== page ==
History in the making: Shogun Rua injury sets off Chute Boxe vs Hammer House melee at PRIDE 31

Copyright: Martin McNeil

The best revenge is to be unlike him who performed the injury. --Marcus Aurelius

When Mark Coleman stepped into the ring for his light heavyweight showdown against Mauricio Rua, which took place at PRIDE 31 from the Saitama Super Arena in Saitama, Japan, back on Feb. 26, 2006, there was little question as to what his gameplan was.

They didn't call him "The Godfather of Ground-and-Pound" because he liked to bang it out on the feet.

That's the kind of offense that came with the turf. "The Hammer" was an NCAA Division I national wrestling champion, the first UFC heavyweight champion and the 2000 PRIDE Open Weight Champion. In his prime, he was one of the biggest and baddest men to throw down in the early days of mixed martial arts (MMA).

But this was "Shogun's" world.

Key losses to Fedor Emelianenko and Mirko Filipovic, two of the top heavyweight fighters at the time, forced the overmatched Coleman to rethink his career, resulting in a drop down to the 205-pound division, a place owned by the 24 year-old Brazilian.

Rua was already 12-1 with 11 terrifying knockouts and claimed the 2005 grand prix title by destroying Quinton Jackson, along with Alistair Overeem and Ricardo Arona, while turning away Antonio Rogerio Nogueira by way of unanimous decision.

Considering his youth and relative inexperience, defeating those four men was nothing short of extraordinary.

Coleman, however, was not the type of fighter to be intimidated. Having already competed against a who's-who of top talent in combat sports, the former Olympian looked calm, cool and collected as they touched gloves just moments before the action got underway.

Here's what happened.

Rua uncorks a head kick that barely clips the temple of his attacker. Coleman has seen enough of the stand-up and charges in, tying up the Brazilian and dragging him to the floor. "Shogun" pivots and locks up an arm, but "The Hammer" picks him up and slams him down to break free.

Foreshadowing.

After a brief scramble, Rua rolls to his belly and secures a kneebar. Coleman grimaces, but is able to muscle out of the hold and wrap up his opponent's legs. "Shogun" spins and dives for safety, but gets tangled in the arms of "The Hammer," who brings him down in much the same way a running back is brought down in pursuit of the end zone.

Without warning, the referee dives in to stop the fight.

Unbeknownst to many of the fans in attendance, as well as those watching at home, Rua posted his arm in an awkward position and dislocated his elbow upon impact. It was not until the live camera moved closer that viewers were able to see the extent of the gruesome injury.

Then, all hell broke loose.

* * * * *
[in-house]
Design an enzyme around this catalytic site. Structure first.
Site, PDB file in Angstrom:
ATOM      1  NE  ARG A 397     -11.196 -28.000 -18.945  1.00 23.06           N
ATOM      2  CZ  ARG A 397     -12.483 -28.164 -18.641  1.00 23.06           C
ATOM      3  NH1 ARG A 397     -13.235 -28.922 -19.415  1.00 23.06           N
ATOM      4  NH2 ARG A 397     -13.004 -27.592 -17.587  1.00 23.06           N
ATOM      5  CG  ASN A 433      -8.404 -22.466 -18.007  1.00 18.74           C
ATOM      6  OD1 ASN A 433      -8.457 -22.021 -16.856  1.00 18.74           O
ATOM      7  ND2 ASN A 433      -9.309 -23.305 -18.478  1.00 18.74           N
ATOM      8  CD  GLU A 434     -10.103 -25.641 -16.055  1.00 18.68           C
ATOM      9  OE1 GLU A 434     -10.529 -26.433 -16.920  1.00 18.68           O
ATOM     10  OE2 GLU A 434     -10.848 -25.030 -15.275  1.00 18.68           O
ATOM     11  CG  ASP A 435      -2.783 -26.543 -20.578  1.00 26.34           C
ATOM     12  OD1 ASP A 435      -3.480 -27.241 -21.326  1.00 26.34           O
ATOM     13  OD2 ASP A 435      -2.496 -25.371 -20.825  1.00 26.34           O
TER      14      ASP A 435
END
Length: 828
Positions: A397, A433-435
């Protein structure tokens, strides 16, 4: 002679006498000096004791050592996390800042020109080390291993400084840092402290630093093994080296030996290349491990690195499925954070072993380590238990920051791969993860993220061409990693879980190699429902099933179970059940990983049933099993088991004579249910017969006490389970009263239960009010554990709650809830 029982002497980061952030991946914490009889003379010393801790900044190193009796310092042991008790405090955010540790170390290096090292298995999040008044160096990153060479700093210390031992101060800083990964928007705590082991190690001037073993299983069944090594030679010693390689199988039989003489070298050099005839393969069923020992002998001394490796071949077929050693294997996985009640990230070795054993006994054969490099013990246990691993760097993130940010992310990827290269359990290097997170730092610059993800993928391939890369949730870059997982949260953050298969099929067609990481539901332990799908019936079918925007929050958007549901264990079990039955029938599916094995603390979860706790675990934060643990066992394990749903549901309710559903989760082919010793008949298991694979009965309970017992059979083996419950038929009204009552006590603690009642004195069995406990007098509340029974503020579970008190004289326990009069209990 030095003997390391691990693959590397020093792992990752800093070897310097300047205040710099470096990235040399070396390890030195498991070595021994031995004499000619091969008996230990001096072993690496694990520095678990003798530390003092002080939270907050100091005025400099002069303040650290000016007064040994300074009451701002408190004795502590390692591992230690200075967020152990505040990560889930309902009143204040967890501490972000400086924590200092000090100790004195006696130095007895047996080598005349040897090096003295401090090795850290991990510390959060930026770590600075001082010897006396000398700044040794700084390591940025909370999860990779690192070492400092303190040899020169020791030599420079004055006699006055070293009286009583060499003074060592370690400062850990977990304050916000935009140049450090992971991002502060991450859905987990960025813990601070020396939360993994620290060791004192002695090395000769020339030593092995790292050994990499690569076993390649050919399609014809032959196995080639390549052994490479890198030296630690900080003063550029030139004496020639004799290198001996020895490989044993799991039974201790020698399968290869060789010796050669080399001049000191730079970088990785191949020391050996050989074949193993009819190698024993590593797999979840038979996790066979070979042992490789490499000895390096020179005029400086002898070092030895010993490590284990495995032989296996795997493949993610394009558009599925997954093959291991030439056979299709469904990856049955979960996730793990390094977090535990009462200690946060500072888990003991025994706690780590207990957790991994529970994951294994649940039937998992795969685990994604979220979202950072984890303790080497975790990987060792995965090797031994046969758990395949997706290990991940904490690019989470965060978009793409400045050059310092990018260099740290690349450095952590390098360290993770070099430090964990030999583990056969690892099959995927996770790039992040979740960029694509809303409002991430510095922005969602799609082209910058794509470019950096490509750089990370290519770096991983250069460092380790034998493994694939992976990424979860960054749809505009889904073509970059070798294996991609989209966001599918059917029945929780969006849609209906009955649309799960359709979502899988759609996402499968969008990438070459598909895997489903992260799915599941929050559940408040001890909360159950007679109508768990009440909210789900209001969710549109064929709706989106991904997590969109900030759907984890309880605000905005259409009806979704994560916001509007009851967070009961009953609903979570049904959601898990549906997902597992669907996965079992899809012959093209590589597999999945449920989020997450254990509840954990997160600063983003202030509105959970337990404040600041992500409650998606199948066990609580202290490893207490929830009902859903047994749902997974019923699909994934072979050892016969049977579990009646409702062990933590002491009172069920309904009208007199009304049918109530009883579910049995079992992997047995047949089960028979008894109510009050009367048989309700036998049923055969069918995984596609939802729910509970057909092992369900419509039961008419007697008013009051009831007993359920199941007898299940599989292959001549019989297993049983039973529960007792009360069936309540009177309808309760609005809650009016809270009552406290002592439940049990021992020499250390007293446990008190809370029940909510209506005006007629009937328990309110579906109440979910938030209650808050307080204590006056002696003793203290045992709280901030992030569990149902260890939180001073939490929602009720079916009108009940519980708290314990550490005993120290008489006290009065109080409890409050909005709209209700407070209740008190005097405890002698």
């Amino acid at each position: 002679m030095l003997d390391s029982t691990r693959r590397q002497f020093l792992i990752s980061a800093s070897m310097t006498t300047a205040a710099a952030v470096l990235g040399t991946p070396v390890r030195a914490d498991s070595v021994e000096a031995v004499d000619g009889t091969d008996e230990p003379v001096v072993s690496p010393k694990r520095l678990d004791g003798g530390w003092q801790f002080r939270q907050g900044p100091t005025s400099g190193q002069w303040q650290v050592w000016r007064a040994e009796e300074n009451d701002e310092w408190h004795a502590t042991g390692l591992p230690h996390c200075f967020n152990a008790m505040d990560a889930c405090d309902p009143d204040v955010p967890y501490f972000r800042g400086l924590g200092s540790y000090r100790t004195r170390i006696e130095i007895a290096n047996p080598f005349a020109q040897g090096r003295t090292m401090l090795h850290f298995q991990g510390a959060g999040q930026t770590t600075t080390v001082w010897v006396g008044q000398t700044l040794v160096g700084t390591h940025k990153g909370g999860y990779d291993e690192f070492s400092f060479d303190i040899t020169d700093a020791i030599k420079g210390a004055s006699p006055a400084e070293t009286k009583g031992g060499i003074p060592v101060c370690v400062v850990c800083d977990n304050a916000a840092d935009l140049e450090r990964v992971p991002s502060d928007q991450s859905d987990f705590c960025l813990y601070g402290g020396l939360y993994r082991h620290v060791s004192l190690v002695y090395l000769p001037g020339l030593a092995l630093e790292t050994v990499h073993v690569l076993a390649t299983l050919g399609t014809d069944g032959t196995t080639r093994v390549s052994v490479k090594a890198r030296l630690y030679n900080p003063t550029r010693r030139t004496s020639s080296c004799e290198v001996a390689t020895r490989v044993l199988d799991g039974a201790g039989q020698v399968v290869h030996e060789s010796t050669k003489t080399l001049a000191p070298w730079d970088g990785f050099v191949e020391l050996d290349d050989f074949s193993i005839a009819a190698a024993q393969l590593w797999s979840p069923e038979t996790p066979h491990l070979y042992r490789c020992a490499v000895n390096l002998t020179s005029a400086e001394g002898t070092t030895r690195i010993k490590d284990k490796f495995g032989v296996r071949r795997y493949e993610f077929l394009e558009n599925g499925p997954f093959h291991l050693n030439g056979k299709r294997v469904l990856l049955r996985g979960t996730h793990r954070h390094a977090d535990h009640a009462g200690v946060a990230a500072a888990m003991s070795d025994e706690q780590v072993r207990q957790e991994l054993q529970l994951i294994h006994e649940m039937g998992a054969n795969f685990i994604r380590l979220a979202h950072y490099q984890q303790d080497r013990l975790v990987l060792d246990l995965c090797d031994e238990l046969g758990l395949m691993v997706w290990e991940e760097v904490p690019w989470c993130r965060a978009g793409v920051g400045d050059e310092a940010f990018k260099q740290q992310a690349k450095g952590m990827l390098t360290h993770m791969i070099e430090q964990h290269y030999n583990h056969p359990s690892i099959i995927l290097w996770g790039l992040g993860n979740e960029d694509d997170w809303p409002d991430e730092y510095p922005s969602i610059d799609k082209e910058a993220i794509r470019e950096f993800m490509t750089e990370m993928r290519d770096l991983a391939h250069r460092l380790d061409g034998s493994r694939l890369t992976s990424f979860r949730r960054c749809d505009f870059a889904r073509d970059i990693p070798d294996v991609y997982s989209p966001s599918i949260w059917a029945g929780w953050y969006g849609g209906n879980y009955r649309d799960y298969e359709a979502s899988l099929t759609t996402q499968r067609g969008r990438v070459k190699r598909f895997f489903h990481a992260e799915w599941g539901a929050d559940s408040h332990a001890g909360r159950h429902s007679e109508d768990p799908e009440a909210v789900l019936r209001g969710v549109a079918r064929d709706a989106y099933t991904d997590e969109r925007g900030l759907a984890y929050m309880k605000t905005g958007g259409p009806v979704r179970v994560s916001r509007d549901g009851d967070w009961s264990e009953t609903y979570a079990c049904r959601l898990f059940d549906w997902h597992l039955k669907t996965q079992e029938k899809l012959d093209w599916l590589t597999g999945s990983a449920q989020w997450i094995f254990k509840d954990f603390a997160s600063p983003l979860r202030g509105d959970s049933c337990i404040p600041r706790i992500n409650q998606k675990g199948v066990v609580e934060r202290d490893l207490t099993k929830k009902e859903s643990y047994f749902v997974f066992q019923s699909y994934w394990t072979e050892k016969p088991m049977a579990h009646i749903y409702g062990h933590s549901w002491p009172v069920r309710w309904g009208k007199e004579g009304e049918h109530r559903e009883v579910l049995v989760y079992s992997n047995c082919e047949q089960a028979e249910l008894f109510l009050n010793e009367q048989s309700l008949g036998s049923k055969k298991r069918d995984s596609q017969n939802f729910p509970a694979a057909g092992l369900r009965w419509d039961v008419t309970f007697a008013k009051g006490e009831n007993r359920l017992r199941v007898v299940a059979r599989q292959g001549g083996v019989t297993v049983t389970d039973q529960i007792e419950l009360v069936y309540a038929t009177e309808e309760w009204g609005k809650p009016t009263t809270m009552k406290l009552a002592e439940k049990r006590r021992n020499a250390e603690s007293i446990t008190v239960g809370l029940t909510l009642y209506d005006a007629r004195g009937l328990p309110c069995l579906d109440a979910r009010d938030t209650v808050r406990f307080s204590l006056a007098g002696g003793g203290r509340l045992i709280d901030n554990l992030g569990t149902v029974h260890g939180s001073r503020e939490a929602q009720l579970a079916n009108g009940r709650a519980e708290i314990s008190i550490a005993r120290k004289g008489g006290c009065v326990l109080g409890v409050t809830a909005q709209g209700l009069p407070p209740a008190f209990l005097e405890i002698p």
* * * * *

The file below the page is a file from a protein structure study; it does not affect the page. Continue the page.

As the referee clung to Coleman's leg to keep him from attacking, Rua's corner -- including his brother Murilo -- charged the ring to check on the fallen warrior, who was immobilized by the fight-ending mishap. "The Hammer" saw that as an act of aggression and began screaming at "Ninja."

Moments later, fists were flying.

With poor "Shogun" on the ground, writhing in pain, Chute Boxe and Hammer House were having a goddamn battle royal between the ropes. Wanderlei Silva, sitting ringside for the highly-anticipated bout, wound up slugging it out with Phil Baroni as bodies went flying in every direction.

Even Coleman's 66 year-old father got in a few licks.

"The Axe Murderer" would later accuse "The New York Bad Ass" of stepping on his throat and kicking him in the face while he was being restrained, unable to defend. Regrettably, these two would never have the opportunity to settle their score inside the cage.

After the bout, Coleman blew his stack inside the locker room.

"I got sucker punched three times out there! Ninja, and fuckin' Silva, they both suckered my ass! Cheap motherfuckers! It's bullshit! Silva, you got one coming. Little ass Ninja, you better keep your ass down at 185 buddy. Cheap motherffff... I better watch my language. My mom's watching."

Coleman would eventually apologize, but Chute Boxe did not accept.

Rua -- who needed surgery to repair the ligament damage in his elbow -- would get his revenge nearly three years later after both fighters were scooped up by Ultimate Fighting Championship (UFC). While the contest was hardly a blockbuster in terms of action, "Shogun" was able to secure a third-round technical knockout win at UFC 93 in Dublin, Ireland.

One year after that, he was UFC light heavyweight champion.

A lot has changed since then, but the 31 year-old Brazilian is still finding himself paired off against wrestlers. He takes on the venerable Chael Sonnen in the main event of this Saturday night's (Aug. 17, 2013) UFC Fight Night 26 event, which goes down from the TD Garden in Boston, Massachusetts.

And in that respect, takedown landings are a lot like airplane landings: Any one that you can walk away from has to be considered a good one, a painful lesson Rua learned at the ironically-named "Unbreakable" event that fateful night in Japan.

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